In the drawings reference numeral 10 designates the fuselage of an airplane. Extending laterally from the fuselage are two cantilever beams 11 and 12 which are in the form of the LO usual airplane wings, but of much smaller dimensions. The fuselage is provided with landing wheels, two of which have been shown in Figure 1 and designated by reference numeral 13. There is also a wheel 14 at the rear end of the fuselage.

i5 Positioned beneath the wings 11 and 12 are cycloidal propellers which provide the lifting and propelling force and which will now be described.

Extending downwardly from the wings are brackets 15 and 18, the former being near the 50 outer ends of the wings and the latter adjacent the fuselage. Since the two propellers are identical in construction with the exception that the parts are rights and lefts as may be required to adapt them to use on opposite sides of the 55 fuselage, only one of the propellers will be described in detail. A shaft 11 is journalled in bearings in the lower ends of the brackets in a manner shown most clearly in Figure 5. The shaft extends into the interior of the fuselage and 60 is connected by suitable means to an internal combustion engine which produces the power necessary for rotating the shaft. Secured to the shaft adjacent the inner surfaces of the brackets are hubs 18 and 13, from, the former spokes 20 g~ extend radially as shown in Figure 1 and from the latter hub spokes 21 extend radially as shown more particularly in Figure 3. The hubs are held against rotation by means of keys 22, or some similar means. Extending between the 70 outer ends of the spokes 20 and 2! are propeller blades that have been designated by reference numerals 23. The blades have faired cross sections as shown in Figure 3. The outer ends of the blades are rotatably connected with the 75 spokes 20 by means of pivots 24 and the inner enids are provided with trunnions or pivots 25 that extend through bearings in the outer ends of the spokes 21. Secured to the trunnions 25 are levers 26 that are non-rotatably connected with the trunnions. These levers extend to both sides of the trunnions, as shown in the drawings.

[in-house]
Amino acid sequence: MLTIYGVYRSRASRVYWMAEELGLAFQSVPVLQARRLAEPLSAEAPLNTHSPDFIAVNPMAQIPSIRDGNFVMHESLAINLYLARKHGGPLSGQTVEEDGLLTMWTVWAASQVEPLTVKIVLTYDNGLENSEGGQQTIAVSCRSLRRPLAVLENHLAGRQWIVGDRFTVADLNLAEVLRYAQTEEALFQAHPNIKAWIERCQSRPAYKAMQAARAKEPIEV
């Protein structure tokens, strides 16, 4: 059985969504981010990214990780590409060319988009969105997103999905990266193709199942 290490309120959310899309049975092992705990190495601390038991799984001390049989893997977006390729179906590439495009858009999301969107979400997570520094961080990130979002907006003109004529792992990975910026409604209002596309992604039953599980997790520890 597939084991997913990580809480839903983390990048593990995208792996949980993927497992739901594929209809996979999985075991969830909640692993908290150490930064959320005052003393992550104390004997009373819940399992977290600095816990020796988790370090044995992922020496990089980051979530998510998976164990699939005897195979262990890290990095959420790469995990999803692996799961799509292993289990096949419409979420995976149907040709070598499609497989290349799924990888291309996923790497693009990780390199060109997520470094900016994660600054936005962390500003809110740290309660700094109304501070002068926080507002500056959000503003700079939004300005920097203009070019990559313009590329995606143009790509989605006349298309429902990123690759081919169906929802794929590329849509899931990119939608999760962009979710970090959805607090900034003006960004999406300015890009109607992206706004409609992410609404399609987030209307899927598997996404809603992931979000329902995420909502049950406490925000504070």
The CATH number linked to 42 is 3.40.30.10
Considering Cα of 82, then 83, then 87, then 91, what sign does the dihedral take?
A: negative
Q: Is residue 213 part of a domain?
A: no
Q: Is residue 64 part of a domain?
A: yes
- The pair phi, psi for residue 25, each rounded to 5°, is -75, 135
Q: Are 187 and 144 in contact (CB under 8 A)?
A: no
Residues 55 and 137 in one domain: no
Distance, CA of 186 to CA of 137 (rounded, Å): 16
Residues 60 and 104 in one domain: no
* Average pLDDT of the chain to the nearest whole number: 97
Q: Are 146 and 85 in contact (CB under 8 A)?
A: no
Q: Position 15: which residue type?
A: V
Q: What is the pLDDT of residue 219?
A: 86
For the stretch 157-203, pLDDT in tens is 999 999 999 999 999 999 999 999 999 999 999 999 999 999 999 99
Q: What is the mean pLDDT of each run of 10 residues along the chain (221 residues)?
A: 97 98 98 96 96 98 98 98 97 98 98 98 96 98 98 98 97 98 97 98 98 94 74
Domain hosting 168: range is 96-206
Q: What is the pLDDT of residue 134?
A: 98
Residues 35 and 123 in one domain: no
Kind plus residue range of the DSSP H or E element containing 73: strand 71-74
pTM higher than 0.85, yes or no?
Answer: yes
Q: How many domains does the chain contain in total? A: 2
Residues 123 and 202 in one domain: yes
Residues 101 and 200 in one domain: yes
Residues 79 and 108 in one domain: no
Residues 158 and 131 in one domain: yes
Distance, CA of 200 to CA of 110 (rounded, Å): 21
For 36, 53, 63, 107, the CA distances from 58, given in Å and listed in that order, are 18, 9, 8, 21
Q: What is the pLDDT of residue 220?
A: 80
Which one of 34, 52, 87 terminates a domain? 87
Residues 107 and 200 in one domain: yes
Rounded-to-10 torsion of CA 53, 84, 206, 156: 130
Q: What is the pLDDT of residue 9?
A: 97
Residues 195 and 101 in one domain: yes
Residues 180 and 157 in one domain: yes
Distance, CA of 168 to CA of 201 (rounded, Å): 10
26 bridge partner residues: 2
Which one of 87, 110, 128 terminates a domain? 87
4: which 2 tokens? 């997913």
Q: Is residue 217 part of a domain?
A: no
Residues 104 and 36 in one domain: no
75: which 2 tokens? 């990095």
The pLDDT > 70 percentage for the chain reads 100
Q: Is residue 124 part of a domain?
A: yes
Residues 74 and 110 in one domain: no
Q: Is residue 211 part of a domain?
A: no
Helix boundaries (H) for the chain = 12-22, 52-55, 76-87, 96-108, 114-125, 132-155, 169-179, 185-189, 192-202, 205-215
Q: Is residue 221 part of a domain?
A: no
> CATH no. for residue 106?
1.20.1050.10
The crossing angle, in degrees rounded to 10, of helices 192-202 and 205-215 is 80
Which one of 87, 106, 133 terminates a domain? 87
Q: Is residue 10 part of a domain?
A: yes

Weights 27 are secured to one end of the levers for a purpose which will hereinafter appear.